[ 221 Pa. Super. Page 194]
minimum sentence, had the Court imposed such a sentence.*fn2
Accordingly, the Board of Parole is given unfettered discretion in determining whether and when to consider whether a person sentenced to either a fixed maximum term of imprisonment or an indeterminate sentence is to be paroled.
The question before this Court then is whether it is constitutionally permissible for the legislature to provide that women sentenced to Muncy should not have a minimum sentence, but that men sentenced on the same types of crimes shall have a minimum sentence imposed, insofar as the minimum sentence has tremendous significance with respect to the placing of the convicted person on parole.
In the instant case it should be noted that both men and women can be convicted and sentenced under the sodomy and prostitution statutes upon which the lower court relied.
No rational basis for distinguishing between the parole treatment accorded men and women is apparent. While it is true as stated in Commonwealth v. Daniel,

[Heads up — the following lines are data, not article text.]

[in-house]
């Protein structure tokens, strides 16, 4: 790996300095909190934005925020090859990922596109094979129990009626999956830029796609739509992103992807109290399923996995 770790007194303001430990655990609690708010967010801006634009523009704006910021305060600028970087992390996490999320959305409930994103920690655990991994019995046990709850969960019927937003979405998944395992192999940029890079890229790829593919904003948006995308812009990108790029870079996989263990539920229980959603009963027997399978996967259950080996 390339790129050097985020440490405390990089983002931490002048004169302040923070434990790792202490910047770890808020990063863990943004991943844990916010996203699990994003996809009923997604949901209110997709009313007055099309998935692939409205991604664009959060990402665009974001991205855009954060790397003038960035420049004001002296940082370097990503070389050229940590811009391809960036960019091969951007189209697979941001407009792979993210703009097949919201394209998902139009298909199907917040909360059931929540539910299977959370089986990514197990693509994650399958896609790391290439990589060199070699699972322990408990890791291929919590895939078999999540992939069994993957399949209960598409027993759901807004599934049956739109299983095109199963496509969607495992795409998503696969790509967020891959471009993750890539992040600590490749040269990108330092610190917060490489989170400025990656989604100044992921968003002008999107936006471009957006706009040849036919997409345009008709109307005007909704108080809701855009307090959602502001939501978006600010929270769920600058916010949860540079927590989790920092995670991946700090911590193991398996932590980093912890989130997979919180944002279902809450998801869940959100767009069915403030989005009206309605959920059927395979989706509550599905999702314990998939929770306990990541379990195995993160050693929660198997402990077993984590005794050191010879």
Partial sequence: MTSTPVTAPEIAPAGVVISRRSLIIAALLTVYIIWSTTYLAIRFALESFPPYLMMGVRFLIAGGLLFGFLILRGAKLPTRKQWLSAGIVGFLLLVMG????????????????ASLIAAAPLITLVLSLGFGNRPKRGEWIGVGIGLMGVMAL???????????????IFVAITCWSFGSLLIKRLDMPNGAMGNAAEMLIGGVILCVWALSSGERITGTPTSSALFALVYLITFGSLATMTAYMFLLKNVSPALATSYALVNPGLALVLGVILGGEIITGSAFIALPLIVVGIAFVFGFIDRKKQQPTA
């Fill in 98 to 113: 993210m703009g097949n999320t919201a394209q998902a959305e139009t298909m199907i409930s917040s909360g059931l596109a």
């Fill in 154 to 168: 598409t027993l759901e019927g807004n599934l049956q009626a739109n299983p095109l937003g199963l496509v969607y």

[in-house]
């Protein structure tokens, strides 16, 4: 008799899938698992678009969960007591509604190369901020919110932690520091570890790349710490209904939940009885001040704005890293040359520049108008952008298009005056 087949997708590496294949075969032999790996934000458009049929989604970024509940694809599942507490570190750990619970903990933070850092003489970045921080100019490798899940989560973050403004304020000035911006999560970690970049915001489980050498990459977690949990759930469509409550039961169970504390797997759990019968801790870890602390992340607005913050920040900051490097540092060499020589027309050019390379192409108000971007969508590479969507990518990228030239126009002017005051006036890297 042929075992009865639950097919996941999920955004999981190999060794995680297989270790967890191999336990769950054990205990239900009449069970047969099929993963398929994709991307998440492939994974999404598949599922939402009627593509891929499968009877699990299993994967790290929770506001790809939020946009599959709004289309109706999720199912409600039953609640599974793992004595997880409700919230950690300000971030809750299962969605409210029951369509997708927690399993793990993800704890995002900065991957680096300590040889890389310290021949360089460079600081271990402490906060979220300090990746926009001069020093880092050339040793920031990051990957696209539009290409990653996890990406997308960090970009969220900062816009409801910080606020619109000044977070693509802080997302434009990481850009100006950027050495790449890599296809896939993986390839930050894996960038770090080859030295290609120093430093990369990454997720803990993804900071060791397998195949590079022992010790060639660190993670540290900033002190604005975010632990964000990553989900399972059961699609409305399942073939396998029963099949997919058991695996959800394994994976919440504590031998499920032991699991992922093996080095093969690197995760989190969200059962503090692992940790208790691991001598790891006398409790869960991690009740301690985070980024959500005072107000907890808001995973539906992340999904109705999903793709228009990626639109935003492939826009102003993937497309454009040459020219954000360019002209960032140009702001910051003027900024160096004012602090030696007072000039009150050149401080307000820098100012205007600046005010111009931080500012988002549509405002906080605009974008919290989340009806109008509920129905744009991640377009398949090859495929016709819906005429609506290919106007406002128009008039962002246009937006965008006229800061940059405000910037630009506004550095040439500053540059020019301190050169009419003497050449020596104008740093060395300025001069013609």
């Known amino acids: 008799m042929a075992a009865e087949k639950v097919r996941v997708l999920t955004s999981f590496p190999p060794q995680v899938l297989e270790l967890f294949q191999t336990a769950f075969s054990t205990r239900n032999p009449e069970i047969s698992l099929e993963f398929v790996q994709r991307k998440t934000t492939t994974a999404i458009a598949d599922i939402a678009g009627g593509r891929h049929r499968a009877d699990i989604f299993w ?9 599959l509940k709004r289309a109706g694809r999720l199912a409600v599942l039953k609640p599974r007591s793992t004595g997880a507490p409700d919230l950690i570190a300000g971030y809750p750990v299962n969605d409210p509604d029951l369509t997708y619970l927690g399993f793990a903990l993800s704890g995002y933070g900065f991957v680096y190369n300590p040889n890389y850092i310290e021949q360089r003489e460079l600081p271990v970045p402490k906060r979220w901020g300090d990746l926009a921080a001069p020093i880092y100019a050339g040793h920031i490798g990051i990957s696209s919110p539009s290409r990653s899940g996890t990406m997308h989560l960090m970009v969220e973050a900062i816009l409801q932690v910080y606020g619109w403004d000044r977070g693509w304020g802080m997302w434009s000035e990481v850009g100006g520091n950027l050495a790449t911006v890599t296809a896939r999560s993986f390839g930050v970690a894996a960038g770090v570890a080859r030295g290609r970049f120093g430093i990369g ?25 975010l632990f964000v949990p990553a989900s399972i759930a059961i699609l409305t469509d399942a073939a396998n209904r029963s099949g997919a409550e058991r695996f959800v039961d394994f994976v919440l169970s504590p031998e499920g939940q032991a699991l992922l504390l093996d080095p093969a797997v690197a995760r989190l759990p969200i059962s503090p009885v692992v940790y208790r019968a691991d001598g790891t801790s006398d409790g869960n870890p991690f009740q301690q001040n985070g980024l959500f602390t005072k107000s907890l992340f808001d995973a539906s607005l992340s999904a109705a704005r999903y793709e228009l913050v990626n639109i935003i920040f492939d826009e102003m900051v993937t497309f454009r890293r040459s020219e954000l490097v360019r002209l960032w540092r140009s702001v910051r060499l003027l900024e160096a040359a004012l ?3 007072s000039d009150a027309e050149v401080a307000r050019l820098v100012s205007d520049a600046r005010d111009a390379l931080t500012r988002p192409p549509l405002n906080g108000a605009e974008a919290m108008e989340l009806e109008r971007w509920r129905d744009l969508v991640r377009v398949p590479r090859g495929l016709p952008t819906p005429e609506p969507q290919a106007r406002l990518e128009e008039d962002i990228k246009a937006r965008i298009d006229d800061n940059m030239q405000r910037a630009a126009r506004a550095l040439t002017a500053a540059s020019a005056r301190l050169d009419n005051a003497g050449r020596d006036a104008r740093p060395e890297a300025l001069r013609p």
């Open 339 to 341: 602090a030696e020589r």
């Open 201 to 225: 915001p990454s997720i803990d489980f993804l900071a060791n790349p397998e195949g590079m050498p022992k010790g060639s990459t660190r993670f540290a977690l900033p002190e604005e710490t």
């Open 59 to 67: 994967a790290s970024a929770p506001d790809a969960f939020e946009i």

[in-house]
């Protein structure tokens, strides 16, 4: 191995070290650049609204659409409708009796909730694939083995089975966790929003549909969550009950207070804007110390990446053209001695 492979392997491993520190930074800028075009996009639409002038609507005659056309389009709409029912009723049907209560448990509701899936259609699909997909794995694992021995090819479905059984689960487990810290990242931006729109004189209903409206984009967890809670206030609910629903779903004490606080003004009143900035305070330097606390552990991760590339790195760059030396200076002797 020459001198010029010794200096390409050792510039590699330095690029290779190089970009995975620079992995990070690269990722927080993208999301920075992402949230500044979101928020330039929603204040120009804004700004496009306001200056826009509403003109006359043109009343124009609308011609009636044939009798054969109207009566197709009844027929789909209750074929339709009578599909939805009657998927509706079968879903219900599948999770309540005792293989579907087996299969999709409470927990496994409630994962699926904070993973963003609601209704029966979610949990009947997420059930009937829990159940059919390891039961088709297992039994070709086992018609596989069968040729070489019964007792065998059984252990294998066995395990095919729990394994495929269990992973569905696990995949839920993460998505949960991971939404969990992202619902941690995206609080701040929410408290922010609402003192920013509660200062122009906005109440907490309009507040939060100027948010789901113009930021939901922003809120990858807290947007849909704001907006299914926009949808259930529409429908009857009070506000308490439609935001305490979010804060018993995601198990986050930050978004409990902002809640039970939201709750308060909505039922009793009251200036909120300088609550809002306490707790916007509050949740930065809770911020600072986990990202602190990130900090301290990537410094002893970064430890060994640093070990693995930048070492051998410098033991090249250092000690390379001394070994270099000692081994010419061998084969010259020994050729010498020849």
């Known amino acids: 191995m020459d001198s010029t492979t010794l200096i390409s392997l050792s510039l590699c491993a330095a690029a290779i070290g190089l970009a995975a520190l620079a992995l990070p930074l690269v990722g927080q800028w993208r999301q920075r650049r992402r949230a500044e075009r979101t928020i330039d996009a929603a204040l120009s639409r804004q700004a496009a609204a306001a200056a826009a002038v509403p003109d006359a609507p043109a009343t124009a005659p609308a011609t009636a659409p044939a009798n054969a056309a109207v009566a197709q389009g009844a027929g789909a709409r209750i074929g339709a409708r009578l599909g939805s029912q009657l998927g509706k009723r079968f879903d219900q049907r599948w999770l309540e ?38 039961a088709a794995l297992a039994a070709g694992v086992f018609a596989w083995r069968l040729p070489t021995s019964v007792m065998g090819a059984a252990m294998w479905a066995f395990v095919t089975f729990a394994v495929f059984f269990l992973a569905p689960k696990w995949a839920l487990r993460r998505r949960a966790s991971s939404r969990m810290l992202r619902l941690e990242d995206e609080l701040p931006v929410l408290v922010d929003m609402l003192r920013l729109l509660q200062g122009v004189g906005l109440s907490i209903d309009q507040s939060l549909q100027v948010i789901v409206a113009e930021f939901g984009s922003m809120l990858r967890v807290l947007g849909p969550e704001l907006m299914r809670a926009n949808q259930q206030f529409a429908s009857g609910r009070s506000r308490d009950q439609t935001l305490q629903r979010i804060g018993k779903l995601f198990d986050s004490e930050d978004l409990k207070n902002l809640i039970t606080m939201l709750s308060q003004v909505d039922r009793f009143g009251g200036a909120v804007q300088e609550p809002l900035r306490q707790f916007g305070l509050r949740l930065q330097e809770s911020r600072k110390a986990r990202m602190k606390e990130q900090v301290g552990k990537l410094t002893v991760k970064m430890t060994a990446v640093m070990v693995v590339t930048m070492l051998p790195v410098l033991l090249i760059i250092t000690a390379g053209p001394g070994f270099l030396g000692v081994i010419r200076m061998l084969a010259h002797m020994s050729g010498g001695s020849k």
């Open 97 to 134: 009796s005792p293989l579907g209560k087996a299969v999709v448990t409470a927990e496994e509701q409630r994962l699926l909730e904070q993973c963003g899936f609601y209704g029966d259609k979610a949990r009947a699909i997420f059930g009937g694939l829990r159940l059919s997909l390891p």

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Pa. 642, 649-650, 243 A.2d 400 (1968), that "a classification by sex alone would not, per se, offend the Equal Protection Clause of the United States Constitution", it is also true that "considerations and factors which would justify a difference between men and women in matters of employment, as well as in a number of other matters, do not govern or justify the imposition of a longer or greater sentence of women than is imposed upon men for the commission of the same crime. In particular, we fail to discern any reasonable and justifiable difference or deterrents between men and women which would justify a man being eligible for a shorter maximum prison sentence than a woman for the commission of the same crime, especially if there is no material difference in their records and the relevant circumstances."